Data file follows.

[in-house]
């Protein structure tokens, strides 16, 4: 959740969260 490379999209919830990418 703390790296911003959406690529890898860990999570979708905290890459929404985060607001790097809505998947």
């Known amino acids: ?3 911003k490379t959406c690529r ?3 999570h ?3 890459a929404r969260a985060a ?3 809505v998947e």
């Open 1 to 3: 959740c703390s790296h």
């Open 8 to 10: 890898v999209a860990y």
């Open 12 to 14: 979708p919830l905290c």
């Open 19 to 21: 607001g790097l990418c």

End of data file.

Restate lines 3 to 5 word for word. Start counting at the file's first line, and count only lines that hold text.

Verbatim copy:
């Known amino acids: ?3 911003k490379t959406c690529r ?3 999570h ?3 890459a929404r969260a985060a ?3 809505v998947e």
């Open 1 to 3: 959740c703390s790296h």
């Open 8 to 10: 890898v999209a860990y």